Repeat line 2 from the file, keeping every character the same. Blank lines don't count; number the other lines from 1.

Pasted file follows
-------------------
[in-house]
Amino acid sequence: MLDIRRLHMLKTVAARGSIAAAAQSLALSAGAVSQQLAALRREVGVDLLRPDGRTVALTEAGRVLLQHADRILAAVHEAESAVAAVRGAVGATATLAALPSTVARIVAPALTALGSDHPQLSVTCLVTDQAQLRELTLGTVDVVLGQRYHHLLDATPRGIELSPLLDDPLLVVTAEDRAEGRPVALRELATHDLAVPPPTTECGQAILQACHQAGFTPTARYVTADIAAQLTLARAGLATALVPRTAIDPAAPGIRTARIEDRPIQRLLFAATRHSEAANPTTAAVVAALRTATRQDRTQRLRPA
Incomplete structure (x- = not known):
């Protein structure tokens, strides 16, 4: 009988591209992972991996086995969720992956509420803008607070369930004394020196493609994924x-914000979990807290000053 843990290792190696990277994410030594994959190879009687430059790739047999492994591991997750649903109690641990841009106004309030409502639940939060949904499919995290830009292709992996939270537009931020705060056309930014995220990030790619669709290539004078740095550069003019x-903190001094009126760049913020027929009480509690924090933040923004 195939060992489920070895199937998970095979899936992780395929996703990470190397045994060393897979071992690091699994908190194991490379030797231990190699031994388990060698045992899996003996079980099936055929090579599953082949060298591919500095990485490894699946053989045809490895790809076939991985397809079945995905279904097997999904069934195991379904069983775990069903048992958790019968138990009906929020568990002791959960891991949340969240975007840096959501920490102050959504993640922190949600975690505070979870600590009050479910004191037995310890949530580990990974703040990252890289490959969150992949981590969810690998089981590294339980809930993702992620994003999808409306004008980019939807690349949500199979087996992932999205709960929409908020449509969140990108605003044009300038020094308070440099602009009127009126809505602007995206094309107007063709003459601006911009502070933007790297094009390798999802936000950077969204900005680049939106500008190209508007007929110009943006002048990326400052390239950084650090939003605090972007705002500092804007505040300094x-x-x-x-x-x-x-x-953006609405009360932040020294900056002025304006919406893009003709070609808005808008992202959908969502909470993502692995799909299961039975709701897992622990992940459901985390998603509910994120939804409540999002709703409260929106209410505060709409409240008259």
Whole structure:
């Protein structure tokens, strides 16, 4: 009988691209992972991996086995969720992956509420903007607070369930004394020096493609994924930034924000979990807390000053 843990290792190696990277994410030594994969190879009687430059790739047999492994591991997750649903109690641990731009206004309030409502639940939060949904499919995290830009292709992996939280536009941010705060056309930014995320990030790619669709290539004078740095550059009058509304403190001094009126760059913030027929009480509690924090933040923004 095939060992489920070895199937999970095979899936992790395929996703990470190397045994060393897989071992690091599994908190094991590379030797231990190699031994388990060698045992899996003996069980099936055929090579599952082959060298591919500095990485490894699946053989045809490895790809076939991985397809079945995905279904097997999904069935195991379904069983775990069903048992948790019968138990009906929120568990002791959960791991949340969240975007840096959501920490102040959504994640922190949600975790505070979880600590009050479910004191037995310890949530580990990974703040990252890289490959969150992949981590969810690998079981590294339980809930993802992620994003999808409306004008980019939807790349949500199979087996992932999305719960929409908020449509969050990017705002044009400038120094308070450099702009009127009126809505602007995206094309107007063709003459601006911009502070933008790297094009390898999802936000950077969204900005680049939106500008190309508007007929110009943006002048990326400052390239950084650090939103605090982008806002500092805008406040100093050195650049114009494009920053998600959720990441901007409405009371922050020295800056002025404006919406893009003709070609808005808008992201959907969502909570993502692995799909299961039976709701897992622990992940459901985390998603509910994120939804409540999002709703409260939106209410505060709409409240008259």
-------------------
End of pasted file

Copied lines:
Amino acid sequence: MLDIRRLHMLKTVAARGSIAAAAQSLALSAGAVSQQLAALRREVGVDLLRPDGRTVALTEAGRVLLQHADRILAAVHEAESAVAAVRGAVGATATLAALPSTVARIVAPALTALGSDHPQLSVTCLVTDQAQLRELTLGTVDVVLGQRYHHLLDATPRGIELSPLLDDPLLVVTAEDRAEGRPVALRELATHDLAVPPPTTECGQAILQACHQAGFTPTARYVTADIAAQLTLARAGLATALVPRTAIDPAAPGIRTARIEDRPIQRLLFAATRHSEAANPTTAAVVAALRTATRQDRTQRLRPA